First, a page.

The U.S. State Department has urged Turkey not to serve as a haven for illicit Russian assets or transactions amid reports that Turkish ground service provider Havas warned Russian airlines that it might stop supporting their Western-made aircraft. Sanctions imposed after the invasion of Ukraine prohibit third countries from allowing Russian-operated Boeing and Airbus jets to operate into their territory or access to services such as refueling and spare parts provision.
In a statement to AIN, the State Department noted Turkey’s responsibilities as a member of NATO. “Turkey is a longstanding and valued NATO ally that has expressed strong support for Ukraine’s sovereignty and territorial integrity in the face of Russia’s aggression,” it said. “We urge countries to prevent exports of items that can be exploited by Russia in its illegal war against Ukraine. We have urged Turkey to not become a safe haven for illicit Russian assets or transactions. We will continue to do so.”
On January 26, The Wall Street Journal reported that senior U.S. officials warned of the risk of jail time, fines, loss of export privileges, and other measures for Turkish individuals who provide services such as refueling and spare parts to U.S.-made airplanes flying to and from Russia and Belarus. Assistant Secretary of Commerce Thea Rozman Kendler delivered the message to Turkish officials during a December visit to Turkey, the officials said.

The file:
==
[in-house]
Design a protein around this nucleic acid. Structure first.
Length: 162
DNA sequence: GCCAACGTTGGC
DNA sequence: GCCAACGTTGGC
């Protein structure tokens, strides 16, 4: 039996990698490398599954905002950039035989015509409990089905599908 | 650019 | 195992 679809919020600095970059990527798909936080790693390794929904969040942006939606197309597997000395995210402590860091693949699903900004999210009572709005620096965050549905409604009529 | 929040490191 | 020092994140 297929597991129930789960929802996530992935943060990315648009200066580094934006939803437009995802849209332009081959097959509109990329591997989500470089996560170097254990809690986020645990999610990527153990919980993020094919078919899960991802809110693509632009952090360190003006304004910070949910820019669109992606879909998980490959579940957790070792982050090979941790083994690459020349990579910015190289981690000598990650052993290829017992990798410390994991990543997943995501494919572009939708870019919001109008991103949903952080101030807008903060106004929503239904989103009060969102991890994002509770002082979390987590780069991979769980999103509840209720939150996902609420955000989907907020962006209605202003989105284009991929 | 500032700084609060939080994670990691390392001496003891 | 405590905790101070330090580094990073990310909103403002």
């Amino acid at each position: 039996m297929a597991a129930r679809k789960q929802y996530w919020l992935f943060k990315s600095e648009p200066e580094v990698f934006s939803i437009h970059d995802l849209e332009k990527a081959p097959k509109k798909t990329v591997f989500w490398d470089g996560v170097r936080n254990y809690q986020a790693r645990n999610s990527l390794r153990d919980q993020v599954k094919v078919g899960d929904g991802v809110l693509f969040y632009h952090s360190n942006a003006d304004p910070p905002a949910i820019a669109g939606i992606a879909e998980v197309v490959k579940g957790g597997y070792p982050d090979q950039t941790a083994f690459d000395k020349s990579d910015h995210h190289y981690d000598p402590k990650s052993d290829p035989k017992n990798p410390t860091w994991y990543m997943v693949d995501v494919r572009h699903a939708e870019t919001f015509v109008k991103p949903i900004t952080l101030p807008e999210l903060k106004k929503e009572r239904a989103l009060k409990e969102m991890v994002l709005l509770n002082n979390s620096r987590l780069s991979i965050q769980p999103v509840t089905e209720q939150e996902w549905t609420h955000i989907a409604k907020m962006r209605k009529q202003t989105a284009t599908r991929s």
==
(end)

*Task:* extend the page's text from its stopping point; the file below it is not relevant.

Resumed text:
After suspending most of its international flights in March soon after the Ukraine invasion, Aeroflot resumed flying to Turkey in May, effectively giving Russians an air corridor to the West. According to flight records cited by the paper, Russia’s S7, Azur Air, Utair, and Belarussian flag carrier Belavia also flew Western-made aircraft to Turkey last year.
According to media reports in Turkey, Havas has given notice to Russian carriers that it may soon suspend services. Neither the company nor French airports group ADP, which owns Havas' parent TAV, responded to requests from AIN to comment on the situation.
Even in Russia, Aeroflot and other airlines have struggled to secure spare parts for their Western-made jets, prompting the transfer of the flag carrier’s production facilities and human resources to local MRO provider A-Technics. Aeroflot began the process of transferring line stations, scheduled and unscheduled maintenance facilities, and component MRO in July, a month after A-Technics obtained a certificate for design and manufacture from Russian aviation regulator Rosaviatsiya.
In late September, Russian authorities extended the certificate, allowing A-Technics to design and authorize documentation for the structural repair of Western-built aircraft. Components in question include air conditioning systems, lighting equipment, windows, doors, braking devices, thrust reversers, fuselage skins, and fairings. The company also gained approval for developing documentation for production and modifications of Level III components such as parts of galleys, passenger cabins, and flight decks.
During its general assembly last October, ICAO passed a resolution “strongly condemning” Russia’s infractions of the Convention on International Civil Aviation. Specifically, it cited Russia’s move to place the airplanes, most owned by Western lessors and banks, under its own civil aviation register and, in turn, allow for their operation without valid airworthiness certificates.